Understanding the need

Since 2000, the Latino population in the Eugene-Springfield area has grown by 85 percent[1]. Meanwhile, the Department of Health and Human Services determined the 2011 Federal Poverty Level to be annual income of $22,350 for a family of four. In 2009 in Lane County, 20 to 24 percent of Latinos families lived at or below the poverty level. The number is higher for those living up to 185 percent of the poverty level, the percentage used to qualify people to receive services from the Oregon Food Bank and their affiliates[2]. These statistics are a common refrain in our interviews and intake forms with Latino families participating in our programs. Intakes with families in our Organic Garden Education Program showed that over 42 percent of participants earn less than $16,620 per year and 52 percent of participants earn less than $28,236 per year. In addition to high levels of poverty among Latinos, Oregon consistently ranks as one of the hungriest states in the nation with a significantly higher percentage of food insecure families being of Hispanic origin. Without question, there is a strong need for disadvantaged Latino families to develop new income sources, increase economic opportunities, and be empowered with skills and resources to earn better wages. Learn more about our programs and the work we do to help address these issues and more:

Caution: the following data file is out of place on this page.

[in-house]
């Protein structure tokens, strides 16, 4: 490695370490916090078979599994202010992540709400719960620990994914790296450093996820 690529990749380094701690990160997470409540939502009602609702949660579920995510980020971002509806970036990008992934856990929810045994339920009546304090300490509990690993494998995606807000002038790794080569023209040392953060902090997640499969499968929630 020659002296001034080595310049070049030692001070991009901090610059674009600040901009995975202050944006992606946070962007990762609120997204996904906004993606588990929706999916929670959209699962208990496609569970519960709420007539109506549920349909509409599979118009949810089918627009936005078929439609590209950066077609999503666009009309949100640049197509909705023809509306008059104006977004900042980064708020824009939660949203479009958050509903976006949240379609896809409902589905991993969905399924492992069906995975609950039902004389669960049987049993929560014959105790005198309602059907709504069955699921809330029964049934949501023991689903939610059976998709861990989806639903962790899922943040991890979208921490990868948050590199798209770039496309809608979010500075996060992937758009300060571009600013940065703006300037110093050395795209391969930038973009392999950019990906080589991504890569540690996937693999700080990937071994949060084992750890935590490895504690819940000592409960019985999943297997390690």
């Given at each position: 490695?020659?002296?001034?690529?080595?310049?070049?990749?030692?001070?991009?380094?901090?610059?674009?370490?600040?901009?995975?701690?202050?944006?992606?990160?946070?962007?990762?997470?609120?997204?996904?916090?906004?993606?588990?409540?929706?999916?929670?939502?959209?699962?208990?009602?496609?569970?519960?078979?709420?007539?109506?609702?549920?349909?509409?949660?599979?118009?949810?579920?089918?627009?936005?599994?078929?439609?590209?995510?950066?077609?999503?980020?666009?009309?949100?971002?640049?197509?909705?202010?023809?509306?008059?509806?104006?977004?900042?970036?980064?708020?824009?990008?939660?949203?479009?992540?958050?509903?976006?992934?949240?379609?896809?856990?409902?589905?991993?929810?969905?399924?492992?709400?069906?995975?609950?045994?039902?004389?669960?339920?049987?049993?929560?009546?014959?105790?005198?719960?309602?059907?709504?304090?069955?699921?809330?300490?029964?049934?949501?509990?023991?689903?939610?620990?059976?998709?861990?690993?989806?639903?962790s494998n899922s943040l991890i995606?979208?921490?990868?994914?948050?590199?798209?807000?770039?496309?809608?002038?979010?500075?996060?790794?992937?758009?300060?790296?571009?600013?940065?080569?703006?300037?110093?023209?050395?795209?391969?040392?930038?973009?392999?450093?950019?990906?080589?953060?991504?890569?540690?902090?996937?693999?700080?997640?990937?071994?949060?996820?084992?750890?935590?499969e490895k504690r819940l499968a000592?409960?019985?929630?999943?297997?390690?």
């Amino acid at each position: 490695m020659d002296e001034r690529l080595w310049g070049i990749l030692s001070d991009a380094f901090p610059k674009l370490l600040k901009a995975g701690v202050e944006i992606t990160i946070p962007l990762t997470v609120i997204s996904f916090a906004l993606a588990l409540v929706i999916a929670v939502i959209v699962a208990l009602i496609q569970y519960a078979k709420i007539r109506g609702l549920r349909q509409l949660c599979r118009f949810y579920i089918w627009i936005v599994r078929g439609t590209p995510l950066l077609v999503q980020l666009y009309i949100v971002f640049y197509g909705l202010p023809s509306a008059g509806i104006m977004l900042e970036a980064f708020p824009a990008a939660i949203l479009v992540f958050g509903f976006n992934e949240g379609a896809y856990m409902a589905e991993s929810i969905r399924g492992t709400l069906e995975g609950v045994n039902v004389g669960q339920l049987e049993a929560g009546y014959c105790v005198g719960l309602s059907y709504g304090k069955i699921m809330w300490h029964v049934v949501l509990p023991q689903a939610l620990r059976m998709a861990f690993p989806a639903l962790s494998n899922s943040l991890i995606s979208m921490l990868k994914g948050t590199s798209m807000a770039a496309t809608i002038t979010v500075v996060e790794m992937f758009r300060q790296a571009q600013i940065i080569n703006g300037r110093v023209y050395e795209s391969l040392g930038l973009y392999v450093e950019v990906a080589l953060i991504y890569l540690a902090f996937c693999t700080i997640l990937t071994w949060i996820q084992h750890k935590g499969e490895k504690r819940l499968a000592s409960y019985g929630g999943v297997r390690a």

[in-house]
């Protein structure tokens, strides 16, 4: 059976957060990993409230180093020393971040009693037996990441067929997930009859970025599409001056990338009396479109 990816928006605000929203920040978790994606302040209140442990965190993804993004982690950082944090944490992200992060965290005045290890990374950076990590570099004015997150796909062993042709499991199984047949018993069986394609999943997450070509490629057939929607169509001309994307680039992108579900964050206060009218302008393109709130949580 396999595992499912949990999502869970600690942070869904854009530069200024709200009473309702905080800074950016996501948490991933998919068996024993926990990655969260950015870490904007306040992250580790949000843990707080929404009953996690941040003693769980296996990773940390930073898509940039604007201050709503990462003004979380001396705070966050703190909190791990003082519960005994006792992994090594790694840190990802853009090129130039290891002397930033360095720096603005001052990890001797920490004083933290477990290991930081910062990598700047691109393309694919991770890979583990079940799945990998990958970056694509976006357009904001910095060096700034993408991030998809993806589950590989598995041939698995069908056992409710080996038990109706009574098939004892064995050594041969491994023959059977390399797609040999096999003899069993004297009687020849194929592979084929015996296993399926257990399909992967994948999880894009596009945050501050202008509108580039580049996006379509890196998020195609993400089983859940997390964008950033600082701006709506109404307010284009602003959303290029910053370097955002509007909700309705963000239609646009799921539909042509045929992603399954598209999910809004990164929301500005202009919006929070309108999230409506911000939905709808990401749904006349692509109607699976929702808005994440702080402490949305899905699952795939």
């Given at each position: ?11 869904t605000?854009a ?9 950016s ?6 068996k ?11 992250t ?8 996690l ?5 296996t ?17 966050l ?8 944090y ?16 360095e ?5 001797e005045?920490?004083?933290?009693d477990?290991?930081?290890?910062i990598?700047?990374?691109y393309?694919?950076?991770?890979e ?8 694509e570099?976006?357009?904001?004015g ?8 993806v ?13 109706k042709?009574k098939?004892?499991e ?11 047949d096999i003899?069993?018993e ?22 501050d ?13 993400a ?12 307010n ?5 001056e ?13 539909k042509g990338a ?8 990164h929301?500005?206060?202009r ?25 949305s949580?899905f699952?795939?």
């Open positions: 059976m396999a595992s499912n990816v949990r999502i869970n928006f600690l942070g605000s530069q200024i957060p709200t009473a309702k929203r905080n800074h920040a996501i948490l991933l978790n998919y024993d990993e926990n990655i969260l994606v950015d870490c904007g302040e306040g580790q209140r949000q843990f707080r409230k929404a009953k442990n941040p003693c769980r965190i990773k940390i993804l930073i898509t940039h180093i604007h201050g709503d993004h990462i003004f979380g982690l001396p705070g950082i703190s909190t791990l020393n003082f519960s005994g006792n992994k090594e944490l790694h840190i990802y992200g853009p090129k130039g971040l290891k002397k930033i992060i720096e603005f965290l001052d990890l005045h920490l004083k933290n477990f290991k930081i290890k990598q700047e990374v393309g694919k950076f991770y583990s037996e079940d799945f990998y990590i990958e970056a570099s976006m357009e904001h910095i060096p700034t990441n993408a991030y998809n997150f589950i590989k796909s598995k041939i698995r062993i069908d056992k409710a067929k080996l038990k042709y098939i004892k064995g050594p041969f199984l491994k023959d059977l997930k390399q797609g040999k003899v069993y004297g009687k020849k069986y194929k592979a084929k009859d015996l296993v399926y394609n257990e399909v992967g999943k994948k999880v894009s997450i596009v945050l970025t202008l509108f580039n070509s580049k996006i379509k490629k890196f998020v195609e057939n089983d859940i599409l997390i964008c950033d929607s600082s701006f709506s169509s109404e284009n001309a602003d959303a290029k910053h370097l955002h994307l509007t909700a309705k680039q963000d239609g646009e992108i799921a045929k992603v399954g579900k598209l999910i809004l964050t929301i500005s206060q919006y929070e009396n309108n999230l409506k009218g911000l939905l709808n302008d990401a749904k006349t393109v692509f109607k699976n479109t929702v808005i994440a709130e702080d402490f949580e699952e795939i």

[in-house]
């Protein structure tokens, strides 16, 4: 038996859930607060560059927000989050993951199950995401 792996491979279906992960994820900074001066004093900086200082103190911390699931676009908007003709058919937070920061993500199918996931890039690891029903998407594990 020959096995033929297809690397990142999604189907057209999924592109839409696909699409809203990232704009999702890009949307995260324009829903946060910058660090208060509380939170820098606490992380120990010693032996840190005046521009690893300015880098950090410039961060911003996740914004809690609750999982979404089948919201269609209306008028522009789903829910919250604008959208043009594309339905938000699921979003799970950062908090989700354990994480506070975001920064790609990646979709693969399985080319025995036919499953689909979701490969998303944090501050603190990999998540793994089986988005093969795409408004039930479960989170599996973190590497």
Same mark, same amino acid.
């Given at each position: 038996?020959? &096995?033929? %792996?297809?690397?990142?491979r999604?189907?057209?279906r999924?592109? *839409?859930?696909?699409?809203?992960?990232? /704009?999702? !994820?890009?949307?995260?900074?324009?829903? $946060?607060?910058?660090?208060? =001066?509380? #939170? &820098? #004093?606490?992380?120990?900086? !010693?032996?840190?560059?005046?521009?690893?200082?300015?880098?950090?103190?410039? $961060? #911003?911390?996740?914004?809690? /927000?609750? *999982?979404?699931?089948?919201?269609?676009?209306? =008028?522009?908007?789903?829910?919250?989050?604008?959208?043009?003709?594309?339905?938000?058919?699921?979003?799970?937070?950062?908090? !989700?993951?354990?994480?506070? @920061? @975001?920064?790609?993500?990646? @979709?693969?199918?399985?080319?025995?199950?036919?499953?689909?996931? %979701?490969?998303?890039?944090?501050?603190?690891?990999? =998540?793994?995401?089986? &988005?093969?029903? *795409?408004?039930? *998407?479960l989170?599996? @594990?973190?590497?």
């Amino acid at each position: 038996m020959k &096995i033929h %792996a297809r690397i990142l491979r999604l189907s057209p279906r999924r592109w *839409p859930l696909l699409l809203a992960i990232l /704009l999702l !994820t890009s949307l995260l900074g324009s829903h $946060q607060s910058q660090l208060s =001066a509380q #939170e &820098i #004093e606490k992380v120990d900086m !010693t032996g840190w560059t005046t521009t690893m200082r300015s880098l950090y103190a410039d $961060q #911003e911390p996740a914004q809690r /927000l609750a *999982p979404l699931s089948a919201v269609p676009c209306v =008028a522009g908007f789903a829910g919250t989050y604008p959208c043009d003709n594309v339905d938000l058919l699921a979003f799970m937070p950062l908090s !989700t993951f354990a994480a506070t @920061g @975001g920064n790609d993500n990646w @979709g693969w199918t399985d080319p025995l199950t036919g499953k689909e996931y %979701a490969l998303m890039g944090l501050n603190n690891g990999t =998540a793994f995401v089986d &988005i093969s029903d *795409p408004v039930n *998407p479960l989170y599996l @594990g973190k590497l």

Resources: 1. American Community Survey, January 2011 2. Oregon Center for Public Policy, 2011